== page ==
The Kingdom Within presents a familiar premise for teen romances, but it doesn’t feel stale. Gillespie’s Princess Meredith is spunky and appealing, and the world building is interesting. There’s intrigue and danger and violence. It was a fun read and engrossing enough to make me finish in two evenings. The cover and back cover text do their job well, too. My teenage daughter picked the book up and declared, “I want to read that when you’re done!”
This is the first of a series. I’m looking forward to the next one!
I received a copy of The Kingdom Within from Mystic Harbor Press in exchange for an honest review.
I’ve got one signed hardback copy of Samantha Gillespie’s The Kingdom Within to give away.
Use the Rafflecopter Link to the left to enter!
The Details: The giveaway is for United States addresses only. The winner will be announced here and on Twitter. I will also attempt to notify the winner by email. The winner has 48 hours to respond to the winning email before a new winner will be chosen. (Please be sure to check your spam folder!) I am not responsible for the book once it has shipped.
Little Brown Books for Young Readers, 2013.
I only vaguely knew the music of The Supremes when I went off to college. By Christmas break of freshman year I could sing every word of every song they ever recorded. Actually, to be honest, I could probably do that by Columbus Day. I could also sing “It’s My Party and I’ll Cry if I Want To,” but I didn’t, though I occasionally succumb to temptation these days, principally to annoy my kids. Adjusting to living with a stranger–and their music–is a huge part of the freshman year experience.
Lauren and Elizabeth are about to be college roommates. Their lives show little in common: Lauren’s from California, where they’ll be going to college, Elizabeth is from New Jersey. Lauren’s looking to get away from roommates; she has a room full of siblings at home. Elizabeth, an only child, is looking for that sister experience. The roommates get in touch after their room assignment letters arrive. Over the course of the summer they carve out the beginning of their roommate relationship, even as they begin to discover who they are in a post-high school world.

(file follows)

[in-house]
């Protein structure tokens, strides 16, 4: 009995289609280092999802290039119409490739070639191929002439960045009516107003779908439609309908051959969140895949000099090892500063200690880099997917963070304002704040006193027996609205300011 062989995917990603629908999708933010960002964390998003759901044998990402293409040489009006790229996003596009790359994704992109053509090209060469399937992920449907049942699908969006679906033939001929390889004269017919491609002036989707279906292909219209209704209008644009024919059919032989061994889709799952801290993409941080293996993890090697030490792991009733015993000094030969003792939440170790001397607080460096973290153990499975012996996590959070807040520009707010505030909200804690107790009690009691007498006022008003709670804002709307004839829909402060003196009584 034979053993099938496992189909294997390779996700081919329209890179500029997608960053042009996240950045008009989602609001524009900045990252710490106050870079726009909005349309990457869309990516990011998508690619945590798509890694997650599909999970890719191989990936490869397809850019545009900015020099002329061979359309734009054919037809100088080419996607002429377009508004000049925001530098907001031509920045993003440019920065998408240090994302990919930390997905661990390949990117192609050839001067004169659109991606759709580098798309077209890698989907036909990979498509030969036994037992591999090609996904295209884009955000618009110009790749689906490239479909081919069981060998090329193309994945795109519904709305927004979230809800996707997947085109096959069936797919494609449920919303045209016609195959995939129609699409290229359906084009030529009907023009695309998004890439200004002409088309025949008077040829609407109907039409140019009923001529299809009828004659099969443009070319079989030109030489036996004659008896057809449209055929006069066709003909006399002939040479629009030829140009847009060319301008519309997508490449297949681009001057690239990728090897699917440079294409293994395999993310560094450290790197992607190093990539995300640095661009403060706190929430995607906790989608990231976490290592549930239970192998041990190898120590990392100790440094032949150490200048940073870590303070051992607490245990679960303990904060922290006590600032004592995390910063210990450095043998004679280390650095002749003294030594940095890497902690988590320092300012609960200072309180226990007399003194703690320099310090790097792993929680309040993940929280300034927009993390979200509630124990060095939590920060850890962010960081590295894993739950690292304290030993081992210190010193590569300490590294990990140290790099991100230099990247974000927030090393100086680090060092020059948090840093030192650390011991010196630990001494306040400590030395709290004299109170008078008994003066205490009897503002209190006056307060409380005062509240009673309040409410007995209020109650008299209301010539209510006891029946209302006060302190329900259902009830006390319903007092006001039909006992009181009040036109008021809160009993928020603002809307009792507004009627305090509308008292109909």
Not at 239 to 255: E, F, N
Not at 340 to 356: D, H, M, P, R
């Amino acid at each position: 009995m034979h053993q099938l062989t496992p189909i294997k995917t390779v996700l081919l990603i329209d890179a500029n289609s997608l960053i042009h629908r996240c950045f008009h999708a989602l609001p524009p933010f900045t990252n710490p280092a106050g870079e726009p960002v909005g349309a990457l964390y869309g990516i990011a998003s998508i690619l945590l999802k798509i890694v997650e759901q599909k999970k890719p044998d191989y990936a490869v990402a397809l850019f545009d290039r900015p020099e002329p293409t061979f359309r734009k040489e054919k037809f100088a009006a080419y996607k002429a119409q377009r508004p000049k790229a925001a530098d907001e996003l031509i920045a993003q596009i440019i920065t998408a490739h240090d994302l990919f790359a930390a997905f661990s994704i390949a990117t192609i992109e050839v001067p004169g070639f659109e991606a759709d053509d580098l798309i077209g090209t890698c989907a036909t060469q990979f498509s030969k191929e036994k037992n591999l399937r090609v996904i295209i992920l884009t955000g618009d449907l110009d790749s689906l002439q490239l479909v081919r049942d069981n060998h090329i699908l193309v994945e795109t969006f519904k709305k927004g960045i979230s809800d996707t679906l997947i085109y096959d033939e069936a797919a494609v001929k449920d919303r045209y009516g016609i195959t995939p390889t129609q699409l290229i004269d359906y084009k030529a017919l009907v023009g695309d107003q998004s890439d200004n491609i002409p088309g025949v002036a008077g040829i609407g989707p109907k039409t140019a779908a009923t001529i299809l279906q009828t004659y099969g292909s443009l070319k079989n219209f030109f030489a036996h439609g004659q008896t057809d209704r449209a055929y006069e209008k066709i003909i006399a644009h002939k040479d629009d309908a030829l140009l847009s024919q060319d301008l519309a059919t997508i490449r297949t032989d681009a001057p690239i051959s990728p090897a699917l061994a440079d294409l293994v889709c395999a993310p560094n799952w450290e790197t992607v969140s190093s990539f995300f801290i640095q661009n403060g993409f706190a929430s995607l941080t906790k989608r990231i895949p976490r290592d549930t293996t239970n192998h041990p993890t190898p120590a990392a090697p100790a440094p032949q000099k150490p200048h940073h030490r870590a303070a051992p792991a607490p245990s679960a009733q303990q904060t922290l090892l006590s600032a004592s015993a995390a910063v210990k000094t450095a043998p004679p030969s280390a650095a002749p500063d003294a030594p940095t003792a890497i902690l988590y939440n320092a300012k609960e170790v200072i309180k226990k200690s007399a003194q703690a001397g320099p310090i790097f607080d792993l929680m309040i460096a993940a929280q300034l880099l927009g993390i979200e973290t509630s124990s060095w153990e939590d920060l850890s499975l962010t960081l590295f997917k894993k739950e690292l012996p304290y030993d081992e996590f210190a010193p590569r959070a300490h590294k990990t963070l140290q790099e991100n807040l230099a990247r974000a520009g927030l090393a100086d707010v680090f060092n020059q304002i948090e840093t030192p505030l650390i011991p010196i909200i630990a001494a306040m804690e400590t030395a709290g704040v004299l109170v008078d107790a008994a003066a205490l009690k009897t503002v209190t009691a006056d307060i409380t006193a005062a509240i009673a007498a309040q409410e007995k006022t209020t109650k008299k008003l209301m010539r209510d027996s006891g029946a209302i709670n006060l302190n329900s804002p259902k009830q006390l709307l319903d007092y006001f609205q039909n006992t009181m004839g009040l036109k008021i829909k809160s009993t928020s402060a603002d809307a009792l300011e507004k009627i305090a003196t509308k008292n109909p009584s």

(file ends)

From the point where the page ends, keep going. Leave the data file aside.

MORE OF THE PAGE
I found Roomies an engaging read. I enjoyed bouncing back and forth between the two characters and their different worlds. The story and characters felt very real in their expectations, their questions, and their fears about what was to come. Both young women changed immensely over the course of the summer. The book leaves the reader at the threshold of the school year with two new roommates who have not yet met—a lovely ending for readers who like to hold on to the possibilities in their own imaginations.
Roomies by Tara Attlebrando and Sara Zarr brought an astonishing number of freshman year memories back to me. It captured perfectly that on-the-cusp feeling of kids who have graduated from high school and mentally moved on but not yet become college students. I think this book will become a favorite high school read.
I received Roomies as a promo galley courtesy of Little Brown Books for Young Readers and NetGalley.